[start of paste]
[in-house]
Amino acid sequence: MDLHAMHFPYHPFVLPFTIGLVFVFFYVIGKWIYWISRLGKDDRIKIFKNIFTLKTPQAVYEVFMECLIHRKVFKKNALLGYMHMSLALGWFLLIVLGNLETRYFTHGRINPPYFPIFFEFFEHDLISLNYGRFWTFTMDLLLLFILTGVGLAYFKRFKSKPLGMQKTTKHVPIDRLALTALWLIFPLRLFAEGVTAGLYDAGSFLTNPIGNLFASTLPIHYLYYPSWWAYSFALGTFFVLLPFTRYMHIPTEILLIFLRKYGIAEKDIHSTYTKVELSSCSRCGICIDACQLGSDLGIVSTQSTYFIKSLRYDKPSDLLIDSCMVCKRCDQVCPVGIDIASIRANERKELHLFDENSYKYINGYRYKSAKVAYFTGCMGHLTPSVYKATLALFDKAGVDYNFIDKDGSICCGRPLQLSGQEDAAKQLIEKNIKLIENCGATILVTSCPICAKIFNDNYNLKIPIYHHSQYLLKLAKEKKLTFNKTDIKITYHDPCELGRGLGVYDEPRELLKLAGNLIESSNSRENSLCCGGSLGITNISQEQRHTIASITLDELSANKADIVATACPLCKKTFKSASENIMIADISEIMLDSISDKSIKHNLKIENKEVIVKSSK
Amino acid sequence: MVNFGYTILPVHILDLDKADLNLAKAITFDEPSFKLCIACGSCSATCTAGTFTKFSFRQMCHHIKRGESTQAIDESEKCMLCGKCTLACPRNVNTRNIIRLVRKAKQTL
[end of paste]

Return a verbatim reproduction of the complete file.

[in-house]
Amino acid sequence: MDLHAMHFPYHPFVLPFTIGLVFVFFYVIGKWIYWISRLGKDDRIKIFKNIFTLKTPQAVYEVFMECLIHRKVFKKNALLGYMHMSLALGWFLLIVLGNLETRYFTHGRINPPYFPIFFEFFEHDLISLNYGRFWTFTMDLLLLFILTGVGLAYFKRFKSKPLGMQKTTKHVPIDRLALTALWLIFPLRLFAEGVTAGLYDAGSFLTNPIGNLFASTLPIHYLYYPSWWAYSFALGTFFVLLPFTRYMHIPTEILLIFLRKYGIAEKDIHSTYTKVELSSCSRCGICIDACQLGSDLGIVSTQSTYFIKSLRYDKPSDLLIDSCMVCKRCDQVCPVGIDIASIRANERKELHLFDENSYKYINGYRYKSAKVAYFTGCMGHLTPSVYKATLALFDKAGVDYNFIDKDGSICCGRPLQLSGQEDAAKQLIEKNIKLIENCGATILVTSCPICAKIFNDNYNLKIPIYHHSQYLLKLAKEKKLTFNKTDIKITYHDPCELGRGLGVYDEPRELLKLAGNLIESSNSRENSLCCGGSLGITNISQEQRHTIASITLDELSANKADIVATACPLCKKTFKSASENIMIADISEIMLDSISDKSIKHNLKIENKEVIVKSSK
Amino acid sequence: MVNFGYTILPVHILDLDKADLNLAKAITFDEPSFKLCIACGSCSATCTAGTFTKFSFRQMCHHIKRGESTQAIDESEKCMLCGKCTLACPRNVNTRNIIRLVRKAKQTL